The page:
The Power of Habit: Why We Do What We Do in Life and Business
She was the scientists’ favorite participant. Lisa Allen, according to her le, was thirty-four years old, had started smoking and drinking when she was sixteen, and had struggled with obesity for most of her life. At one point, in her mid-twenties, collection agencies were hounding her to recover $10,000 in debts. An old résumé listed her longest job as lasting less than a year. The woman in front of the researchers today, however, was lean and vibrant, with the toned legs of a runner. She looked a decade younger than the photos in her chart and like she could out-exercise anyone in the room. According to the most recent report in her le, Lisa had no outstanding debts, didn’t drink, and was in her thirty-ninth month at a graphic design firm.
“How long since your last cigarette?” one of the physicians asked, starting down the list of questions Lisa answered every time she came to this laboratory outside Bethesda, Maryland.
“Almost four years,” she said, “and I’ve lost sixty pounds and run a marathon since then.” She’d also started a master’s degree and bought a home. It had been an eventful stretch.
The scientists in the room included neurologists, psychologists, geneticists, and a sociologist. For the past three years, with funding from the National Institutes of Health, they had poked and prodded Lisa and more than two dozen other former smokers, chronic overeaters, problem drinkers, obsessive shoppers, and people with other destructive habits. All of the participants had one thing in common: They had remade their lives in relatively short periods of time. The researchers wanted to understand how. So they measured subjects’ vital signs, installed video cameras inside their homes to watch their daily routines, sequenced portions of their DNA, and, with technologies that allowed them to peer inside people’s skulls in real time, watched as blood and electrical impulses owed through their brains while they were exposed to temptations such as cigarette smoke and lavish meals.prl.1 The researchers’ goal was to gure out how habits work on a neurological level—and what it took to make them change.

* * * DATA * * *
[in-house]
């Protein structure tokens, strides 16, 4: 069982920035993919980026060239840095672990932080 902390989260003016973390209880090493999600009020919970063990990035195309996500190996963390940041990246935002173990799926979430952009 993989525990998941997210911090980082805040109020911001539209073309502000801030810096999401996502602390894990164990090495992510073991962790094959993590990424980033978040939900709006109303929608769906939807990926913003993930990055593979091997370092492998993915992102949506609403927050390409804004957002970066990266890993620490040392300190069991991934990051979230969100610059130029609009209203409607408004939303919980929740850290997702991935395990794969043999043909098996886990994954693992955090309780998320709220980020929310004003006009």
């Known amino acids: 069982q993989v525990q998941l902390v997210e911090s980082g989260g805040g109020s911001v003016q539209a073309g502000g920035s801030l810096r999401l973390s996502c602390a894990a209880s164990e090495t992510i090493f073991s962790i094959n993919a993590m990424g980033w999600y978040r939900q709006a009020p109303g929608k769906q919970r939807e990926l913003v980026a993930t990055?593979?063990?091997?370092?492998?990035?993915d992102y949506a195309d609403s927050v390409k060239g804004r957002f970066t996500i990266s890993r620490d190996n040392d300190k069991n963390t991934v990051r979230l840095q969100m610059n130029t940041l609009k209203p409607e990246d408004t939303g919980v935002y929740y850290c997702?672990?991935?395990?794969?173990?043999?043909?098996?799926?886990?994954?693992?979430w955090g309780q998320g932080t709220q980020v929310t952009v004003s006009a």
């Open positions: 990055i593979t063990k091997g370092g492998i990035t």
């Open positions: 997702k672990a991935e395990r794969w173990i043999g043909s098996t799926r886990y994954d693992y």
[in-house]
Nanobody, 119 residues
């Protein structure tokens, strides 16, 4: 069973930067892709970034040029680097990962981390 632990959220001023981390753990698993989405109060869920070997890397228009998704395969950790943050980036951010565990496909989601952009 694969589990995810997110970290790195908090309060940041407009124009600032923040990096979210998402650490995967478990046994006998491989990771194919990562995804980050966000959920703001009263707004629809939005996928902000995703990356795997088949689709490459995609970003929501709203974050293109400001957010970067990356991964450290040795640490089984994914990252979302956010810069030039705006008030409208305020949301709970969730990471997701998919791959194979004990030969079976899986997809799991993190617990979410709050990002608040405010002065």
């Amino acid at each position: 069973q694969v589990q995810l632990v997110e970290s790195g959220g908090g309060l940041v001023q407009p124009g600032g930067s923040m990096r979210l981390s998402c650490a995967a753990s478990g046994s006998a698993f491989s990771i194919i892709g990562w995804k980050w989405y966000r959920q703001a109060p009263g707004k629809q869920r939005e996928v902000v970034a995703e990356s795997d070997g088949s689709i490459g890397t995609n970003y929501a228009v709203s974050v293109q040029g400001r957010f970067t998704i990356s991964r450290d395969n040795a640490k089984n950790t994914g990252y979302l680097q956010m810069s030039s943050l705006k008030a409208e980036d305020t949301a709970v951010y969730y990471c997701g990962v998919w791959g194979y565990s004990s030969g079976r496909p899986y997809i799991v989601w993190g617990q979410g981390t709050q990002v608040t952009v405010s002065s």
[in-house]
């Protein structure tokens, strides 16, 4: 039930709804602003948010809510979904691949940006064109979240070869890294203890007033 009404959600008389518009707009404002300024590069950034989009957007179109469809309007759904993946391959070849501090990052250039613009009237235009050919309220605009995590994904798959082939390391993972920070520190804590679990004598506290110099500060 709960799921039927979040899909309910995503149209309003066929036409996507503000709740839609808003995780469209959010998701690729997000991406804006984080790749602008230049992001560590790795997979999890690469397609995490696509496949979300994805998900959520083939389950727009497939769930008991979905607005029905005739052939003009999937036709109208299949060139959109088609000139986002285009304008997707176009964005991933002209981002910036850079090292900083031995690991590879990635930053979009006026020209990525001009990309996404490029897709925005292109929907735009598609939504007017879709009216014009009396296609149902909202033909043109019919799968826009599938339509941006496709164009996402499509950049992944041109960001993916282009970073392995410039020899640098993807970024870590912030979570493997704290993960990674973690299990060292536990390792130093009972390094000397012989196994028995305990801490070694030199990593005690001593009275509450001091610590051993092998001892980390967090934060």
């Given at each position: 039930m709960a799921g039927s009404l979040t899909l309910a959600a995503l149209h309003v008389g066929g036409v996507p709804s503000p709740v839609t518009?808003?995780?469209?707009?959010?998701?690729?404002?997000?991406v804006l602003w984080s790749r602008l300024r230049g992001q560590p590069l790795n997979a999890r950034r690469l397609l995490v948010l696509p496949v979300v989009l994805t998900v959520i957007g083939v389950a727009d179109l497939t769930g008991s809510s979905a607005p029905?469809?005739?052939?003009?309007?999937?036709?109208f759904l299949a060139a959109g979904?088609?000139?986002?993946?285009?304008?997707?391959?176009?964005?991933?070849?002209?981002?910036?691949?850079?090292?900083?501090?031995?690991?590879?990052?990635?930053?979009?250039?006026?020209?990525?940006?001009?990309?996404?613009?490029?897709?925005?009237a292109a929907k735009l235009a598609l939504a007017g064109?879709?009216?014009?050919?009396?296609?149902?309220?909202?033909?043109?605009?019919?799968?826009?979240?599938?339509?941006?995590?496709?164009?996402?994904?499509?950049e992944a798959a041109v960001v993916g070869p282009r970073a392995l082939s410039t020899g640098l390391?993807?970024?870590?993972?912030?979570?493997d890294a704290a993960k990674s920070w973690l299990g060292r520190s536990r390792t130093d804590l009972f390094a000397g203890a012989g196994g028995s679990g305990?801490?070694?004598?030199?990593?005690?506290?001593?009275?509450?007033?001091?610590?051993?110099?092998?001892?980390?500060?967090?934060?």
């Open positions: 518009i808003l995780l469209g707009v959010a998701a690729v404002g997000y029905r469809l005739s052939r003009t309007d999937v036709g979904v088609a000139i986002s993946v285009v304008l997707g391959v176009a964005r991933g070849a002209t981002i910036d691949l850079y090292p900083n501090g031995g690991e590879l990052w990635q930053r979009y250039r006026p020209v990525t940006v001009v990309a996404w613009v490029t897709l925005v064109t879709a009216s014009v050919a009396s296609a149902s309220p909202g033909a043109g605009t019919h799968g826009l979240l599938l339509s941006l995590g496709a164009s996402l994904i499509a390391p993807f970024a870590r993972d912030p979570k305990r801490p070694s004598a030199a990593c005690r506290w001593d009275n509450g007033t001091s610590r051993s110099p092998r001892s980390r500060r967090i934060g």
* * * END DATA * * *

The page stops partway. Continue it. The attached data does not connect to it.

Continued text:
“I know you’ve told this story a dozen times,” the doctor said to Lisa, “but some of my colleagues have only heard it secondhand. Would you mind describing again how you gave up cigarettes?”
“Sure,” Lisa said. “It started in Cairo.” The vacation had been something of a rash decision, she explained. A few months earlier, her husband had come home from work and announced that he was leaving her because he was in love with another woman. It took Lisa a while to process the betrayal and absorb the fact that she was actually getting a divorce. There was a period of mourning, then a period of obsessively spying on him, following his new girlfriend around town, calling her after midnight and hanging up. Then there was the evening Lisa showed up at the girlfriend’s house, drunk,pounding on her door and screaming that she was going to burn the condo down.
“It wasn’t a great time for me,” Lisa said. “I had always wanted to see the pyramids, and my credit cards weren’t maxed out yet, so … ” On her rst morning in Cairo, Lisa woke at dawn to the sound of the call to prayer from a nearby mosque. It was pitch black inside her hotel room. Half blind and jetlagged, she reached for a cigarette.
She was so disoriented that she didn’t realize—until she smelled burning plastic—that she was trying to light a pen, not a Marlboro. She had spent the past four months crying, binge eating, unable to sleep, and feeling ashamed, helpless, depressed, and angry, all at once. Lying in bed, she broke down. “It was like this wave of sadness,” she said. “I felt like everything I had ever wanted had crumbled. I couldn’t even smoke right.